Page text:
Hall and her colleagues published a paper in The Proceedings of the National Academy of Sciences in June that points to the seal remains as evidence for a warming period in the region, which they believe occurred between 2,300 and 1,100 years ago.
Important to more than just elephant seal researchers, Hall’s findings shed new light on the stability of Antarctic ice shelves, according to longtime UMaine researcher George Denton.
“The critical question that she is helping to answer is: How stable are the huge southern Antarctic ice shelves? Ice shelves are what hold together Antarctica’s two major ice sheets, and marine-based ice shelves like that found in the Ross Embayment have been disintegrating rapidly over the last decade,” says Denton.
“If a big ice shelf were to give way, the results could be catastrophic. Through her discovery of elephant seal remains over a widespread area where they do not exist today, she shows evidence not only that a warming occurred, but that the Ross Ice Shelf survived that event. It’s important because it speaks to the staying capacity of the ice shelf in the face of global warming.”
Denton, an internationally recognized authority in Antarctic research and Hall’s former faculty adviser at UMaine, was the first to discover elephant seal remains in the Antarctic while working with Robert Nichols of Tufts University as an undergraduate research assistant in 1958. Carbon dating showed the remains of the solitary animal to be more than 4,000 years old, but the find was lost among many other new discoveries in the early days of Antarctic research. Now more than 40 years later, the use of animal remains as clues to past changes in the environment is coming to the fore.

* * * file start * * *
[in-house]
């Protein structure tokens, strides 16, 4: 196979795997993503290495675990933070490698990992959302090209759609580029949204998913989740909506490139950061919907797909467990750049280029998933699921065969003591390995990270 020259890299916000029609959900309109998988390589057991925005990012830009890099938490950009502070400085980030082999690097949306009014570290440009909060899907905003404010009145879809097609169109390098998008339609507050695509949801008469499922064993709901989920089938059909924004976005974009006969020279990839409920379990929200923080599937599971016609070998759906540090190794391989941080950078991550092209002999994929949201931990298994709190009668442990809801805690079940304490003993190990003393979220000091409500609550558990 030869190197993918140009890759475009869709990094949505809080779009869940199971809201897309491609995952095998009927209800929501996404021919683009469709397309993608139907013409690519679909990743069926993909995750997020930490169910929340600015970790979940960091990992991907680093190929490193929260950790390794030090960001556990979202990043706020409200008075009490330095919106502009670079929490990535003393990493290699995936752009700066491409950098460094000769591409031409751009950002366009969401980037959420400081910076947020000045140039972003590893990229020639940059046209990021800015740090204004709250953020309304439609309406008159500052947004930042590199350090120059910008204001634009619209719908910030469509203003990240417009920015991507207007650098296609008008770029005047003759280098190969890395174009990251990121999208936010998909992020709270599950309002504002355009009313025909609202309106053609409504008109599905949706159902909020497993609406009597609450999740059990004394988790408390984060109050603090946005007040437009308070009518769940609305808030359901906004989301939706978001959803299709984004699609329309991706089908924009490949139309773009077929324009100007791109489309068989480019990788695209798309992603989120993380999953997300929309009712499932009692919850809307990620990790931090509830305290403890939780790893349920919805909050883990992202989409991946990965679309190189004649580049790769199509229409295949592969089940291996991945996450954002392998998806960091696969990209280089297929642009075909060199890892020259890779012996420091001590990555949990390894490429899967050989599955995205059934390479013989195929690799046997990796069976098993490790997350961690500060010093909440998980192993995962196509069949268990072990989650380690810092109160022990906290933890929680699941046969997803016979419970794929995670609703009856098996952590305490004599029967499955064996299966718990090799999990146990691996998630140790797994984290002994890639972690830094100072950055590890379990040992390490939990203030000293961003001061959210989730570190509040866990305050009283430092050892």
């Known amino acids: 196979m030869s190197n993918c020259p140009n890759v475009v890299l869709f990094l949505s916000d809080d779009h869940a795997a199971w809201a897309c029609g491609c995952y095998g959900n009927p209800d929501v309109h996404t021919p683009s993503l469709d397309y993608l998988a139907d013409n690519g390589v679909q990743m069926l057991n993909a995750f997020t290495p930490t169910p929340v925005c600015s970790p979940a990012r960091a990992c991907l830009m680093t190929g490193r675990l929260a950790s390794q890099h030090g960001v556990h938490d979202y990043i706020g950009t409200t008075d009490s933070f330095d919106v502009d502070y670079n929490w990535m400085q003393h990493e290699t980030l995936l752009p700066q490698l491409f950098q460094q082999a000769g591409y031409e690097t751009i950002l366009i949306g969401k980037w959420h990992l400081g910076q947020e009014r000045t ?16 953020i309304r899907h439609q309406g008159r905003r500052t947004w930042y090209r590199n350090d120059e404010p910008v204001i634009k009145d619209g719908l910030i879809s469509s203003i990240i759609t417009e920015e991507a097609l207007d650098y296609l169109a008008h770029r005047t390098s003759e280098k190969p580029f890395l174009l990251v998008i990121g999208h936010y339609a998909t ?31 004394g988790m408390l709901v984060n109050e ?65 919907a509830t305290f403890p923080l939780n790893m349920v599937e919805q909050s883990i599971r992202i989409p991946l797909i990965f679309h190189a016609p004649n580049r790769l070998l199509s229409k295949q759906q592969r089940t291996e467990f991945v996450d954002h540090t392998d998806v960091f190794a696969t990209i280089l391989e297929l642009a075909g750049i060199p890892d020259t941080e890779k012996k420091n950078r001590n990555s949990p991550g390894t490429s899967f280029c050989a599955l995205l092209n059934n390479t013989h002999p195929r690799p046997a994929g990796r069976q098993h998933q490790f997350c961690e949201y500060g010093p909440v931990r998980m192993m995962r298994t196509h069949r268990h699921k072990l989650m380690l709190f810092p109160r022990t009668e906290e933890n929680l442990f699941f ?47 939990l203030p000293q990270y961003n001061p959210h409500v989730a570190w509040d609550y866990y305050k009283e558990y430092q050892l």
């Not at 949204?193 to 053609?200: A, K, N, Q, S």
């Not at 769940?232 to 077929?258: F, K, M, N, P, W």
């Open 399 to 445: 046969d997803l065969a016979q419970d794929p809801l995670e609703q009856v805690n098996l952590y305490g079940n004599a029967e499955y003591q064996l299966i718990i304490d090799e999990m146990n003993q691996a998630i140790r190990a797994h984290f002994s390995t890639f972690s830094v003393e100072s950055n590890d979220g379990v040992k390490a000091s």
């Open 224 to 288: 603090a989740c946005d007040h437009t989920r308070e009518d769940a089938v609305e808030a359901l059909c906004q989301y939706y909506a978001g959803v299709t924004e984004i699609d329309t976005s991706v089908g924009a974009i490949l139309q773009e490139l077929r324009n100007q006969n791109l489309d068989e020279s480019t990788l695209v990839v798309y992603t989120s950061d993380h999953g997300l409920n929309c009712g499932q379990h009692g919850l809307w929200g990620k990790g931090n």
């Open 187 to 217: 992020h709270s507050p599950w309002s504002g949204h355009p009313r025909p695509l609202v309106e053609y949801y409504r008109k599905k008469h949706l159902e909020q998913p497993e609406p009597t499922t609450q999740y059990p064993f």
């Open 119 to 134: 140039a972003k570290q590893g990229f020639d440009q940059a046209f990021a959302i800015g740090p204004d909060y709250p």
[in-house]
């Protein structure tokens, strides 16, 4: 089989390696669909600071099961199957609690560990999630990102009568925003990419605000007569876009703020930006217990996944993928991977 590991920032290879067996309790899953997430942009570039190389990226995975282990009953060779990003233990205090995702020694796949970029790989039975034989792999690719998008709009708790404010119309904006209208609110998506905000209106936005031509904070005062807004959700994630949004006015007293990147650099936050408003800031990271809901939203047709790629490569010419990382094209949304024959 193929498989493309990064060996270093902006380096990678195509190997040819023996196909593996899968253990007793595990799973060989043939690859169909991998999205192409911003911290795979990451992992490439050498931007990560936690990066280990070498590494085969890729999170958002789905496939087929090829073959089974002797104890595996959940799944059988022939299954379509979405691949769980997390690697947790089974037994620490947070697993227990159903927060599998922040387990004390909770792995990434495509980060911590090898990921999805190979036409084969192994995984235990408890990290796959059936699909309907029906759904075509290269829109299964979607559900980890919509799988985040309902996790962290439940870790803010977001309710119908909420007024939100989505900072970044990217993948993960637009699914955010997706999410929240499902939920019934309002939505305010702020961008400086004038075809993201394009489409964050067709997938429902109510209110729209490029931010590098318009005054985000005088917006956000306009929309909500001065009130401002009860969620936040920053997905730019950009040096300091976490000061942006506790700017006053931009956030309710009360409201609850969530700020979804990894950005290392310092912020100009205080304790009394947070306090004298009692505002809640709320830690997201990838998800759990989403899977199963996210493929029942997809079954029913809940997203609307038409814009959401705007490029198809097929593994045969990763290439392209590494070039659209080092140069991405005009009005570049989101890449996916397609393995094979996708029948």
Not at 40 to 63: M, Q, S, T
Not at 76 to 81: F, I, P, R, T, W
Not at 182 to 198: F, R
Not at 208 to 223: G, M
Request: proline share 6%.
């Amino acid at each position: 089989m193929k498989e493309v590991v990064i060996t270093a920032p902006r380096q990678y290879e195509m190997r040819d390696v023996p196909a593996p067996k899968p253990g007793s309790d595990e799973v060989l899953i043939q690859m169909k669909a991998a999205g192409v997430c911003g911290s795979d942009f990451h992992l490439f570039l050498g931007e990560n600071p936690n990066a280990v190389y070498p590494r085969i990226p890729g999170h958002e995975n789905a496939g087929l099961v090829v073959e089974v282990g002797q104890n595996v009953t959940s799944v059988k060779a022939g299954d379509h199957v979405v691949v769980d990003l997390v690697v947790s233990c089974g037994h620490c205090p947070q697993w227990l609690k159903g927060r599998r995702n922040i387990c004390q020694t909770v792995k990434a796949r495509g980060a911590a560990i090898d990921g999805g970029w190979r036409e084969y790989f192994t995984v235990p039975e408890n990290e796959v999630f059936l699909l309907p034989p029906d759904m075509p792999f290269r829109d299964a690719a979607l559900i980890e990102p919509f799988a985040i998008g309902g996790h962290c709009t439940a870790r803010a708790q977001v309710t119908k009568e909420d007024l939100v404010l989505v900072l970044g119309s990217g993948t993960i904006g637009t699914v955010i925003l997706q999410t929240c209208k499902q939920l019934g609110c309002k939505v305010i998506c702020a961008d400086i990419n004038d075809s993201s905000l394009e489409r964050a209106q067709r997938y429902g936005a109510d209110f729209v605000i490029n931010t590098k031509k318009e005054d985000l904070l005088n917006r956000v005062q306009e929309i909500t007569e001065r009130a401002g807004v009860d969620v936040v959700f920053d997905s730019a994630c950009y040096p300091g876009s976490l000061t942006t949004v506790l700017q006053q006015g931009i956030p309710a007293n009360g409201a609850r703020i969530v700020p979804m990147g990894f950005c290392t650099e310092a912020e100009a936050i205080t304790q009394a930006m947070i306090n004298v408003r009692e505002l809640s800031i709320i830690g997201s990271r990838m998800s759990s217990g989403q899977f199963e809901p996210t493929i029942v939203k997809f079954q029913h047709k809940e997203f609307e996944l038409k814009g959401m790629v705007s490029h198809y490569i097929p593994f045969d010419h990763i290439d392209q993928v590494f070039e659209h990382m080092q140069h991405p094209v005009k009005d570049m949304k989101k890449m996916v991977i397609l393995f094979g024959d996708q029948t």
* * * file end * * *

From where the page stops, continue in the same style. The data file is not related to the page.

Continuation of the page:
Hall is the first to admit that she is no seal biologist, but she has become something of an expert on southern elephant seals since she plucked the first few flakes of frozen skin from the sand nearly 12 years ago. And while it may seem a bit unusual for a geologist to be using seals to tell a story about climate change, stranger still is the fact that penguins seem to be backing it up.